News Highlightsr

Astronomers think they have solved the case of the zigzaggy photo of the moon taken by NASA’s Lunar Reconnaissance Orbiter (LRO), proving once again that science rocks!

Launched in 2009, the LRO has kept busy collecting moon data as it orbits the celestial body. On board are three cameras that take amazing shots of the lunar surface. Two of those are called Narrow Angle Cameras (NACs) that work together to produce incredibly detailed black-and-white images.

The NACs record one line at a time and COMPILE thousands of these lines super quickly to create these razor-sharp pictures.

But the picture to the right, taken more than two years ago, is very unusual. Starting just below the crater near the top, the powdery lunar surface begins to take on a zigzag pattern, which ends about halfway down.

The scientists knew that this really isn’t what the moon’s surface looks like, so started investigating the cause.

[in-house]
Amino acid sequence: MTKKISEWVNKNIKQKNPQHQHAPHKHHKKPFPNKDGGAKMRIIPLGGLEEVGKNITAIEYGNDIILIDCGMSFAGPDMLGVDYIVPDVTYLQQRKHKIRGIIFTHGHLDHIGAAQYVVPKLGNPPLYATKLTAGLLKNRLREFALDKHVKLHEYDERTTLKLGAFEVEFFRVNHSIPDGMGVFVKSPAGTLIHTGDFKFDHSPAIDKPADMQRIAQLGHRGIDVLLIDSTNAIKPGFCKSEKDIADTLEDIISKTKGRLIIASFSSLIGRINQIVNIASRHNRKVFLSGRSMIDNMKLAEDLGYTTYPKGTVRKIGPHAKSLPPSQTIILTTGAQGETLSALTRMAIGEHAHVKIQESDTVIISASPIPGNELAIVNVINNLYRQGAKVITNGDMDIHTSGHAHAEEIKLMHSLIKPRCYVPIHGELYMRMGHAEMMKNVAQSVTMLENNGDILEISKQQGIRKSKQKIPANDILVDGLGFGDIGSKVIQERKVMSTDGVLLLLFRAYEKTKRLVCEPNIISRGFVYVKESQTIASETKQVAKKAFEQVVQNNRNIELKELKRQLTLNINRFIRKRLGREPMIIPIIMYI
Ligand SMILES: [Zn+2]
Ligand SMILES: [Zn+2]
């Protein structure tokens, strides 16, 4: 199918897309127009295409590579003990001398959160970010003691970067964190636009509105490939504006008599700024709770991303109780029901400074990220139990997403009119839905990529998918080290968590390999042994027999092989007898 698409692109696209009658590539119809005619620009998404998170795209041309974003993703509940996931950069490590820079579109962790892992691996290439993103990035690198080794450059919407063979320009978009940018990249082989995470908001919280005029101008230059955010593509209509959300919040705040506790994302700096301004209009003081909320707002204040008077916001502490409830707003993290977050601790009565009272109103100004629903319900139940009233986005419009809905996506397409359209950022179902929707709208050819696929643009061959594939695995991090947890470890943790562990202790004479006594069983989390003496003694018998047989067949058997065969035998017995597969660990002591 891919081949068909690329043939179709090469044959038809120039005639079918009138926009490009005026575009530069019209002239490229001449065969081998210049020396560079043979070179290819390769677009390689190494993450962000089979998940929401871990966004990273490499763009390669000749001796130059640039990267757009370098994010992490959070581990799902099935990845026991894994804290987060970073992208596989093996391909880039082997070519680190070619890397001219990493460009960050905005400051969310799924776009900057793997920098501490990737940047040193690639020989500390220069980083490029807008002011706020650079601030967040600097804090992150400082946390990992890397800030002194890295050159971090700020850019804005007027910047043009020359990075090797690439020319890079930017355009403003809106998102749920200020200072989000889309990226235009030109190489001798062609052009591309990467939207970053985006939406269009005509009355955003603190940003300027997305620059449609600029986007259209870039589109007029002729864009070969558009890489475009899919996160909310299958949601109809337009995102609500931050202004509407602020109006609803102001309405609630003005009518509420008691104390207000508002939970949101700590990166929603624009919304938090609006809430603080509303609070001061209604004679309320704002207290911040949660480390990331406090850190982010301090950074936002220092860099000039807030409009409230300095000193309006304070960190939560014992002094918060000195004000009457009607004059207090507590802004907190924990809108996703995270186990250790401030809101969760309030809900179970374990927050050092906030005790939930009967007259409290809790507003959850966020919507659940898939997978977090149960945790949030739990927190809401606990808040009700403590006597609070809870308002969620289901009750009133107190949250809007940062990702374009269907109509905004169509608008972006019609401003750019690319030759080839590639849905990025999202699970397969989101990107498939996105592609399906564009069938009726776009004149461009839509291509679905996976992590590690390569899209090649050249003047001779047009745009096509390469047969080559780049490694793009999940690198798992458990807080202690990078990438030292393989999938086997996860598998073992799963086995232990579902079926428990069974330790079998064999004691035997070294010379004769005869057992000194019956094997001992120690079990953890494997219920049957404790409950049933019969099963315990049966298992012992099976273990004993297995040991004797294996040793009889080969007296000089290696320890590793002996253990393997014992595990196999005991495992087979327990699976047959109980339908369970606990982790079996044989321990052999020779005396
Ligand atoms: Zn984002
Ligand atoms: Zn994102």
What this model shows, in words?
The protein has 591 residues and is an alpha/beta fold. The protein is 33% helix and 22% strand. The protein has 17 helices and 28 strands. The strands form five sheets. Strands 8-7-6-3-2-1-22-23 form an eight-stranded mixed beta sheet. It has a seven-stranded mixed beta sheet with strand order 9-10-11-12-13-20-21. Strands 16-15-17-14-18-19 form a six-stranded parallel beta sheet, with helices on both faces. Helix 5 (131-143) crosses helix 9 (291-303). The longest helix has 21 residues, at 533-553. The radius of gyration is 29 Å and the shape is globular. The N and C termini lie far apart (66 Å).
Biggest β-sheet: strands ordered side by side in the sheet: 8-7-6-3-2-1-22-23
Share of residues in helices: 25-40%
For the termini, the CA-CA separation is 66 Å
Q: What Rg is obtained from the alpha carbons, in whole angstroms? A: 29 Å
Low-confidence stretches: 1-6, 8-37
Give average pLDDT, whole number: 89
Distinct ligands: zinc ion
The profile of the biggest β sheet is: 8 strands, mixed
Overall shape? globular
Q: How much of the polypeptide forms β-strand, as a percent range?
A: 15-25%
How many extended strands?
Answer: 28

NASA called it “a sudden and extreme cross-track oscillation” of the left camera—as if something had thumped the left NAC.

But the orbiter circles high above the moon. What out in space could have hit it? Aliens flying past it, perhaps?

NASA’s lead investigator for the LRO is Mark Robinson. He and his team deduced that the left camera took a hit from a fast-flying meteoroid! Before the orbiter headed into space, engineers put it through a series of vibrational tests (they literally shook the spacecraft).

So the LRO team studied the data from the shake tests and ran computer simulations to try and get the same zigzaggy effect.

With no atmosphere to deflect incoming space rocks, the moon is heavily cratered. If it were a space rock, it must’ve been small. Anything large would have wrecked the NACs or taken out the entire spacecraft. But the left camera continued working right after oscillating a bit. NASA scientists estimate the meteoroid was half the size of a pinhead (.8 mm) hitting something near the left camera at about 15,480 mph!

 

Edition: 
Phoenix
Tucson
Issue: 
June 2017